Yesterday reminded me of how suddenly life can end. Rich and I attended the funeral of his cousin Donna who was killed suddenly in a car crash. Gone, just like that. She had just returned to Minnesota from Connecticut, having spent the weekend with her parents. Her mother was brought home from rehab after several weeks away; Donna and her sisters helped to settle their mother back into her routine.
Donna was a doctor, having first served in a pediatric practice for fifteen years, followed by time spent in an army hospital and then in clinics on Indian reservations. She was well aware of all that was going on with her parents and was able to contribute her expertise. She also contributed her special brand of humor and consolation to her mother, father and sisters. Donna was a healer who was very passionate about life. Her spirit was adventurous and free, her life lived with deliberate intent.
It therefore seemed exceedingly unfair that this woman in her prime should suddenly be taken from this life while traveling home from the airport after having called her mother to tell her she was “alright.” Unfair to her mother who is still quite frail. Unfair to her father, devastated at the loss of his little girl, the youngest of the sisters. Unfair to her sisters who depended upon Donna’s gift of life.
Like all of us who attended yesterday’s funeral, I was in need of consolation. Whenever I feel that need, I attend mass at Holy Family Parish in Worcester, MA. While I love my own parish of St. Luke the Evangelist in Westboro, there is something special about Holy Family; being there consoles me. It was where I received my healing of my singing voice. St. Luke’s former pastoral associate, Fr. Steven LaBaire, is pastor of this magnificent cathedral:
This morning at mass, I saw something else that reminded me of the need to live with deliberate intent. I remembered clearly the first time I witnessed it; I wept openly because I was so moved. I now want to share it with you:
Father Steve is breaking the bread which Catholics believe is the body of Christ. He then takes a piece and drops it in the chalice containing the wine which is the blood of Christ.
This is what I mean by deliberate intent.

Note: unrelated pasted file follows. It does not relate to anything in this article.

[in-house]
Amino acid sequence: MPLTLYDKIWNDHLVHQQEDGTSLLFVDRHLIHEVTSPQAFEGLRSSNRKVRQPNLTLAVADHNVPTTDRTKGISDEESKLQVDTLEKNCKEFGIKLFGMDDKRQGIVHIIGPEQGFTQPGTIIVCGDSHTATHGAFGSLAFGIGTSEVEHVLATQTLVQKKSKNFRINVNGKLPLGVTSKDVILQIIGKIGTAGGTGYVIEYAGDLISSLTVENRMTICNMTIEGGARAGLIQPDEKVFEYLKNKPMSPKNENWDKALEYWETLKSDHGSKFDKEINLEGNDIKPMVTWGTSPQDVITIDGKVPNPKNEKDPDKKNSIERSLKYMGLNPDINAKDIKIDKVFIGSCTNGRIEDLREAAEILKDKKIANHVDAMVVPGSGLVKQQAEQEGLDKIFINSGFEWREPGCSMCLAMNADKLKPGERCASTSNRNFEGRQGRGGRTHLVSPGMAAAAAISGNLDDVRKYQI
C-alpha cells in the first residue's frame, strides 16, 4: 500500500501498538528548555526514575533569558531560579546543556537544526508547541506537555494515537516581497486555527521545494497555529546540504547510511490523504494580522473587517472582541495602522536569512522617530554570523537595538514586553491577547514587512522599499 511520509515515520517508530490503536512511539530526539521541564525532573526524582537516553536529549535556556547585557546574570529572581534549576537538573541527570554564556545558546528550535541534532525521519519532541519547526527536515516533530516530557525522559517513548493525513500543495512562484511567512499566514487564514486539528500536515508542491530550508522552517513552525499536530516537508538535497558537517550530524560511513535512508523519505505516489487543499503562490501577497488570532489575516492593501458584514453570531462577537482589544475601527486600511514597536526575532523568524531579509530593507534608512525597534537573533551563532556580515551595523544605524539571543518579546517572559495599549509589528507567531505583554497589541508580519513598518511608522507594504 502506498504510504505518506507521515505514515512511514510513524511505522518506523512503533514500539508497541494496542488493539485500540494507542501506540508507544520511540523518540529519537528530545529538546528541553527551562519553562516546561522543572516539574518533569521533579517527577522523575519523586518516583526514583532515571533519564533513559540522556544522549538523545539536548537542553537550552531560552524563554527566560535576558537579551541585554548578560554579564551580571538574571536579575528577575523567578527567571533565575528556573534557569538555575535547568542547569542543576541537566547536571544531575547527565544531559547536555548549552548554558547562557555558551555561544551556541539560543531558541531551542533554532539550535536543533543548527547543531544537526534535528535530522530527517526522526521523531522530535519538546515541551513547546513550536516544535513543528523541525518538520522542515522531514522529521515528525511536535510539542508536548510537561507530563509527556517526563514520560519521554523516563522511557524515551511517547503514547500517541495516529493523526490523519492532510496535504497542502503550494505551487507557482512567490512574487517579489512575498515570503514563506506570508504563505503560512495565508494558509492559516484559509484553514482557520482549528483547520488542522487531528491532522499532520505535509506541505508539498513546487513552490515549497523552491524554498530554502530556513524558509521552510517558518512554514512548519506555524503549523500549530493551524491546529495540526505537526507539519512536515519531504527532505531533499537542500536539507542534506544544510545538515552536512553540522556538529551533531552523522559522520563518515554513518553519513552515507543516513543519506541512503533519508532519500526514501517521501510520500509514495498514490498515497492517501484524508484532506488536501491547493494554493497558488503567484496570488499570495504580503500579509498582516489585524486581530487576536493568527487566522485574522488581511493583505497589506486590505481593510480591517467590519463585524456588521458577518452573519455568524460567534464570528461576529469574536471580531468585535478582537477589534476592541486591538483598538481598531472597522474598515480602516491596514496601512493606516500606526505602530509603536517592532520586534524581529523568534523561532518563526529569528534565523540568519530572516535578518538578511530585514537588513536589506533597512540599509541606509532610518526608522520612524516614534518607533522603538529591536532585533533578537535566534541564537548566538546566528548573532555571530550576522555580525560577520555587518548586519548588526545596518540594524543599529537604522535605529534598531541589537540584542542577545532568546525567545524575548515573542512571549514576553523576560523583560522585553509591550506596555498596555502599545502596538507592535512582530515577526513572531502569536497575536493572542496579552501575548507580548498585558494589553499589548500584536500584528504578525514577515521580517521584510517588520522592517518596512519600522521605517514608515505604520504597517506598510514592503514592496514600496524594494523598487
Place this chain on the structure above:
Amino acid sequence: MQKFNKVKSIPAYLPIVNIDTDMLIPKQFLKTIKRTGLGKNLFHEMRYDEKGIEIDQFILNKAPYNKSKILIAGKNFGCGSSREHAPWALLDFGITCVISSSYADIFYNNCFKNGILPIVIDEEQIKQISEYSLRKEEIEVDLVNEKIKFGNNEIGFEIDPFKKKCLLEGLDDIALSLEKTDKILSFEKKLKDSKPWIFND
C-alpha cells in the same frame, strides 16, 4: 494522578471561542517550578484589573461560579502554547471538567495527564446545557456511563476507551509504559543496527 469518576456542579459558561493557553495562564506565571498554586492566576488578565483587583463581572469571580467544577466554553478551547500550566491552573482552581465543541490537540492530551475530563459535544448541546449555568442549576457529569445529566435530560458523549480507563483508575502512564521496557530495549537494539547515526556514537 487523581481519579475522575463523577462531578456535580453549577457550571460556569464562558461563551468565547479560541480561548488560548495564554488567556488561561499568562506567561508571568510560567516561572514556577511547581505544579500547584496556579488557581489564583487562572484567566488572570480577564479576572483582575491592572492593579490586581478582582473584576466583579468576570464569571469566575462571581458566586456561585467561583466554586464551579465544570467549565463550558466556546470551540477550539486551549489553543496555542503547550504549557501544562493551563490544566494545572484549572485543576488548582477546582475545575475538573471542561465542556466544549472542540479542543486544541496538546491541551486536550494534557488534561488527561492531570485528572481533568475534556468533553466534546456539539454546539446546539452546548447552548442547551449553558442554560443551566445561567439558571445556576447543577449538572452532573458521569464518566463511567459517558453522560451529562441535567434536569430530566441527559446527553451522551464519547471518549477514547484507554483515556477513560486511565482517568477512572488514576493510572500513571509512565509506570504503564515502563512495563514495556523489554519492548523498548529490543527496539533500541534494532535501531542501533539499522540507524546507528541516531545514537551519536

Notice how the ritual and each little motion is done slowly, reverently, with love. By the deliberate intent of his motions, Father Steve allows us time to contemplate the mystery of the bread and wine. The breaking of that bread reminds us of Christ’s broken body on the cross and the mingling of the body with the blood which Catholics then receive as the eucharist during communion.
Christ shares himself with us through such humble means as bread and wine and in the most intimate way possible: by entering our bodies as food. This is what Catholics believe; it is what I believe.
Father Steve demonstrates living with deliberate intent by the way he celebrates this ritual which he has done endless times but never without thought.
Donna lived with deliberate intent, chasing her passions for medicine, helping others and wildlife photography while never forgetting her family. I’m told by my mother-in-law that Donna called her mother three days each day to check in.
Now she is gone but she leaves behind a legacy, not just of her love or her good works or her beautiful pictures. She leaves behind a legacy of living life with deliberate intent.
Father Steve reminded me of that today in his celebration of the mass, the most sacred of rituals.
Do we think about what we are doing? Do we pour every bit of ourselves into the present moment or do we waste time living in the past or anticipating the future?
What is our intention as we life each day?
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